Dear Colleagues and Friends of Legal Education:
As the Constitution of the United States is the cornerstone of democracy, America’s law schools are the place where future lawyers acquire the knowledge and skills they need to uphold the founders’ vision and to protect the rights it guarantees to the people. Our legal education system is a model for the world. Many countries send their most talented legal minds to American law schools to pursue legal degrees.
The heart of legal education’s mission is to prepare those who will practice law in the United States, including representing and guiding individuals, businesses and institutions; helping to shape public policy; defending, prosecuting and deciding legal cases; and strengthening the rule of law.
For more than a century, the Association of American Law Schools (AALS) has worked to advance excellence in legal education by supporting outstanding teaching and scholarship, encouraging innovation, and promoting diversity of backgrounds and viewpoints.
AALS represents the deans and professors of 176 law schools that educate most of the nation’s lawyers and judges and many of its legislators. Another 19 schools pay fees for their faculty and deans to participate in AALS programs. AALS law schools prepare their graduates not only to practice law, but to become problem solvers and leaders in government, business, and the legal academy.
Law faculty and students grapple with questions that affect everyone, from justice and civil rights to property and taxation, to intellectual property and international law. While the association’s most visible role is serving as a voice for legal education, our greatest service may be bringing faculty together to explore the full panoply of issues that challenge both public and private lives.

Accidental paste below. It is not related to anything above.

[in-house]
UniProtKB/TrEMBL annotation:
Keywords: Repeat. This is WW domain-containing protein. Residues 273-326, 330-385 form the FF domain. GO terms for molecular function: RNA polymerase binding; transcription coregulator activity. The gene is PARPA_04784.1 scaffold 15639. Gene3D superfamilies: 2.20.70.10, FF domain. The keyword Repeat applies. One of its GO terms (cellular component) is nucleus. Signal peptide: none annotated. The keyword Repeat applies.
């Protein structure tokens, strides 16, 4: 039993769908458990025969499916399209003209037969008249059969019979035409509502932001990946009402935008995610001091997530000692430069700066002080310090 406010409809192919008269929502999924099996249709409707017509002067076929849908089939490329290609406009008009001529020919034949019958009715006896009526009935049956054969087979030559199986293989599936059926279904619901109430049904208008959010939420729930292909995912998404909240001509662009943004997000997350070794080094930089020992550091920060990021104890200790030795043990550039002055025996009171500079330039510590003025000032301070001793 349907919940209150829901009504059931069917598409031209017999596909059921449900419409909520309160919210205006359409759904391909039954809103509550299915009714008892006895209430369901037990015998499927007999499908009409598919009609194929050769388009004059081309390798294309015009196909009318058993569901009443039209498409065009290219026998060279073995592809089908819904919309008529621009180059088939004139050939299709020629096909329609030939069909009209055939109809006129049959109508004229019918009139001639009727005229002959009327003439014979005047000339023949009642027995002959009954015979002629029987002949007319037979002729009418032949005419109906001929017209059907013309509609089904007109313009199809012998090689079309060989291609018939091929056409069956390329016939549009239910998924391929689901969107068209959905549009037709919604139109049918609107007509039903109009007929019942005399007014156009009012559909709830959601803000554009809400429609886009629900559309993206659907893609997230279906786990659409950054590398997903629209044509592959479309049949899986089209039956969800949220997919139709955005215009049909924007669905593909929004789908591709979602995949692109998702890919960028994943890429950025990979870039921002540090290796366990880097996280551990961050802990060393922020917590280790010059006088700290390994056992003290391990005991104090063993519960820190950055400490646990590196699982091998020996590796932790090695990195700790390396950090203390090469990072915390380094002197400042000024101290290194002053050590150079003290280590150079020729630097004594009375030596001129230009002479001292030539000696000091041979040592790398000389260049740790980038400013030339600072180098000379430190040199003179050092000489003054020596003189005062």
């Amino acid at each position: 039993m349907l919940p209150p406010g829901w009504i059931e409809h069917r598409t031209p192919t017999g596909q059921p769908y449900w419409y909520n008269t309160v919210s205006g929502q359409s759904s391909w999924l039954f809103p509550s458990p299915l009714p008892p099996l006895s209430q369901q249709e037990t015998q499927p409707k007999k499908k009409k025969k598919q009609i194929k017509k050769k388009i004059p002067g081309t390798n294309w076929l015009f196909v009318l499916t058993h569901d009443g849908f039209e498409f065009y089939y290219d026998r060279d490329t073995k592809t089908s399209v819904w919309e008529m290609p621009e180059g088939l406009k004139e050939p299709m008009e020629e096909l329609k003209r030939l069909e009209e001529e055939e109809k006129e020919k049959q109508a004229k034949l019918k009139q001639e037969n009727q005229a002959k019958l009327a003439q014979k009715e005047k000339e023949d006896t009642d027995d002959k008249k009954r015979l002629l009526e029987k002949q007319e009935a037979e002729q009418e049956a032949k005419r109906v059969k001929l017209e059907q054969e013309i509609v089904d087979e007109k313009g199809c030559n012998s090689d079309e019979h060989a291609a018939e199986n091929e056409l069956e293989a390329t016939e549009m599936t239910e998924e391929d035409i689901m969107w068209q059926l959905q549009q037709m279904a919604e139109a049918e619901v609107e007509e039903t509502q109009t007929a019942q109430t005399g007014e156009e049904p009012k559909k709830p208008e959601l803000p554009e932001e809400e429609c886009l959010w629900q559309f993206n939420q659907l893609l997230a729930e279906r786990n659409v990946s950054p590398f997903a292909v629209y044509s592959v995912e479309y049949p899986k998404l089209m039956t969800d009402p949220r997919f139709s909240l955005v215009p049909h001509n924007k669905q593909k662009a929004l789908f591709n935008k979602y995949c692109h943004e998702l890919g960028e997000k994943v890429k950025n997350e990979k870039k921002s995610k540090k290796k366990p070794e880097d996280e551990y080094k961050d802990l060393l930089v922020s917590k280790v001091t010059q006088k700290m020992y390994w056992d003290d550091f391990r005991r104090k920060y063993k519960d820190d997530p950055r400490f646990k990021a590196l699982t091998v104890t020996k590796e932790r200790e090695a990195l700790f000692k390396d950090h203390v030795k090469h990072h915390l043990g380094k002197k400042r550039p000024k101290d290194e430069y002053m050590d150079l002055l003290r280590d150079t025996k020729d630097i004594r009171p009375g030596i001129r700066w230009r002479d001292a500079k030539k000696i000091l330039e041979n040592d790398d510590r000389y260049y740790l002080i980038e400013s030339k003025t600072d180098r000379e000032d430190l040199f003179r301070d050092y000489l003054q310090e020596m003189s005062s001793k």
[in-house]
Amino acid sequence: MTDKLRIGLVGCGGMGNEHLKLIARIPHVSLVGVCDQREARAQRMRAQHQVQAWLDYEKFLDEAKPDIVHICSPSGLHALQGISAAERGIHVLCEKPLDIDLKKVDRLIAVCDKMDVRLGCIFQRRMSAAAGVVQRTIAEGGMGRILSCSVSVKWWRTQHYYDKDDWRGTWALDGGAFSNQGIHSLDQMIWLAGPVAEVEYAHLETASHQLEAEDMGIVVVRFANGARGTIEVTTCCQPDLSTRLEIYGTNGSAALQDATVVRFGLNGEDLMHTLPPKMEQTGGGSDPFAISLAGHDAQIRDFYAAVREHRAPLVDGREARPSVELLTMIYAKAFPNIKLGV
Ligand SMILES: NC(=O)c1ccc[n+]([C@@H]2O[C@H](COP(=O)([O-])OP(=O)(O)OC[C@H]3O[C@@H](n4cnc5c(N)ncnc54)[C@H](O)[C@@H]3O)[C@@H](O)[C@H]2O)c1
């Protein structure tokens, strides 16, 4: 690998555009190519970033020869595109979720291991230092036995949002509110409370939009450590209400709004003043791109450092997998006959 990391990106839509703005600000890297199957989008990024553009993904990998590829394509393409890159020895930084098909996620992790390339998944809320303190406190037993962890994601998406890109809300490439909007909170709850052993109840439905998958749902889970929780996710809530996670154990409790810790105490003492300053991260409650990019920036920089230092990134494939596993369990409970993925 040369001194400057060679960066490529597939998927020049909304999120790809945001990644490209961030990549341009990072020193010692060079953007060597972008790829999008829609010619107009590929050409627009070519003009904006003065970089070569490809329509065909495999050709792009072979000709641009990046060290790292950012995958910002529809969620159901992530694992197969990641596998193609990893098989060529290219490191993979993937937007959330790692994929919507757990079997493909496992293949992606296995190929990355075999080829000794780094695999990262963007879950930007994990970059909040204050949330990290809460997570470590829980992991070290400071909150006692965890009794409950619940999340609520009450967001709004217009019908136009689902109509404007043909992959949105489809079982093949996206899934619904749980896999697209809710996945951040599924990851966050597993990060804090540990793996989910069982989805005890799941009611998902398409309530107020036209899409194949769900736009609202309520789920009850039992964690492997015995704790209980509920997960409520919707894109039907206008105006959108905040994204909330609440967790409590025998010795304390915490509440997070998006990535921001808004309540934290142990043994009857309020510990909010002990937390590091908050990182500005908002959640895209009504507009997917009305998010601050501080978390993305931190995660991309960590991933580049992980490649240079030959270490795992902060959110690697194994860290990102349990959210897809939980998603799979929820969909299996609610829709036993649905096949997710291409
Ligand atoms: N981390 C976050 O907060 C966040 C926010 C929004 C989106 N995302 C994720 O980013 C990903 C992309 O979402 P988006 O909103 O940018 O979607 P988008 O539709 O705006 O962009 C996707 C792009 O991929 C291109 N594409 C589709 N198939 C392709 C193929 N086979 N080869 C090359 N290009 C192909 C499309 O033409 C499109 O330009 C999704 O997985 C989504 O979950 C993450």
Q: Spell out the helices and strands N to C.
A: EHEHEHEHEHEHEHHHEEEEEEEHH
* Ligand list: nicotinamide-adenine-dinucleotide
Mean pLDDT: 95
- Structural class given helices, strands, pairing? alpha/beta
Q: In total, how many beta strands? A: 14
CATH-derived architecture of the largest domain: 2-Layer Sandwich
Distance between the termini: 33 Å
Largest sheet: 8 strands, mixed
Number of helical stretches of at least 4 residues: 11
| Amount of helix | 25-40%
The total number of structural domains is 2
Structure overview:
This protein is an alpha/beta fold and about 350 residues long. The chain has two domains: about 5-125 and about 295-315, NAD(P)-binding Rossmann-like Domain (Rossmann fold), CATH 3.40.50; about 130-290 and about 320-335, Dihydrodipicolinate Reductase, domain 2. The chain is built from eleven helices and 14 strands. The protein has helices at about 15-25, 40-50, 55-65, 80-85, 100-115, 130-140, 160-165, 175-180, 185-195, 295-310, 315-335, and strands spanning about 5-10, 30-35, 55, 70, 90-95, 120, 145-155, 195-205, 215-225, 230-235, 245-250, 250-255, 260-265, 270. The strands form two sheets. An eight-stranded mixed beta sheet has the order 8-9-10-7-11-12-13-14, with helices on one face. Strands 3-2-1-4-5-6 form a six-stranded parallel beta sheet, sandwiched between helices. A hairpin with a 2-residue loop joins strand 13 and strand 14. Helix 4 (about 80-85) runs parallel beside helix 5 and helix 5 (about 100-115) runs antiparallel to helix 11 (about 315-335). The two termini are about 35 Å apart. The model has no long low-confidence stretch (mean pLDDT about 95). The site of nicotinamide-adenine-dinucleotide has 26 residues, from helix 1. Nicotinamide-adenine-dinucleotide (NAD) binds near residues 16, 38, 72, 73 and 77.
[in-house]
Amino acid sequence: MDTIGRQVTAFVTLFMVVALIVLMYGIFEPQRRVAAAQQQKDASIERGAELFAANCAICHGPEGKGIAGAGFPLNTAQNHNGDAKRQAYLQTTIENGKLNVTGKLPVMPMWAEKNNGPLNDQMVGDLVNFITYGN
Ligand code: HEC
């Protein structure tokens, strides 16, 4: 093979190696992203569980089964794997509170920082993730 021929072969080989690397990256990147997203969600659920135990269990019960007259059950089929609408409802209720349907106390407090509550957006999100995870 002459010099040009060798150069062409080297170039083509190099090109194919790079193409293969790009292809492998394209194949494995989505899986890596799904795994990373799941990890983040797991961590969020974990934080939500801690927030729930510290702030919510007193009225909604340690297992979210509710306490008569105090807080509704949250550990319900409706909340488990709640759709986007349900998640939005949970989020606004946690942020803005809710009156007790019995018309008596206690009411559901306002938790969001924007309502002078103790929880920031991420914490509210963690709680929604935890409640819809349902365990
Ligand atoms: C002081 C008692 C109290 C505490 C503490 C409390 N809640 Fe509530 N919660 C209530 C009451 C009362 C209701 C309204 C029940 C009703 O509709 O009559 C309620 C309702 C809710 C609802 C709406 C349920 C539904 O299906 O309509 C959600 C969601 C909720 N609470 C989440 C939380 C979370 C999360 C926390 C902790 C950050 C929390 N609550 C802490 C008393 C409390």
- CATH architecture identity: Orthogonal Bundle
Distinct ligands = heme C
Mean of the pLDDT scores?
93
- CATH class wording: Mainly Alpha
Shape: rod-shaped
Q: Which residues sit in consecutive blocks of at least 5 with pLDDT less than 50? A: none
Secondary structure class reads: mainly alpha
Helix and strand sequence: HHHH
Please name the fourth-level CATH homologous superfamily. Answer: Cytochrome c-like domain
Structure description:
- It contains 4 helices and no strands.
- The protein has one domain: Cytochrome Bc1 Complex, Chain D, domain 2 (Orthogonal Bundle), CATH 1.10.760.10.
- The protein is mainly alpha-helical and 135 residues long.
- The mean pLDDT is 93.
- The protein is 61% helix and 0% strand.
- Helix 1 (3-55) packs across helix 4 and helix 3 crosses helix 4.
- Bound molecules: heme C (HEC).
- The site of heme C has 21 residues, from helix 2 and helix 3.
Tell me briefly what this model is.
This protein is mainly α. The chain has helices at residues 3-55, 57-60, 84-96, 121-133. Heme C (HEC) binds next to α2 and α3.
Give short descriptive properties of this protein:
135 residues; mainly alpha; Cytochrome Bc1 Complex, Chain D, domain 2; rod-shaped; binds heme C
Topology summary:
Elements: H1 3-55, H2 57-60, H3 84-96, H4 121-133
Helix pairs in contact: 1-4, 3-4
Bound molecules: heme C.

The AALS Annual Meeting each January on average draws more than 2,000 faculty, deans, and senior administrators from law schools around the United States as well as from other countries. It constitutes one of the world’s largest gathering of law faculty to exchange scholarly insights and participate in the 106 sections that discuss in-depth discrete areas of law. Other AALS forums and services assist faculty as they begin their careers, provide venues for clinical faculty, and assist law schools in recruiting and appointing faculty.
The association also serves as the learned society for law faculty. With this responsibility in mind, AALS in recent years has produced several major research reports and shared findings with interested readers in legal education and higher education more broadly.
In 2017, AALS looked into undergraduate views of law school. As part of Before the JD, survey data was collected by Gallup from 22,189 undergraduate students and 2,727 first-year law students. The resulting dataset provides important insights into the factors contributing to an undergraduate’s decision/intention to pursue a graduate or other professional degree in general and law school in particular.
In 2019, we began the American Law School Dean Study that was completed in 2022. The goal of the study is to help universities, law schools, and the legal profession better understand pathways to the law school deanship, the key attributes of those in the role, and the challenges facing law school leaders today.
We invite you to explore this website to learn more about AALS, what we do, and how law schools are responding to the challenges facing legal education and our world.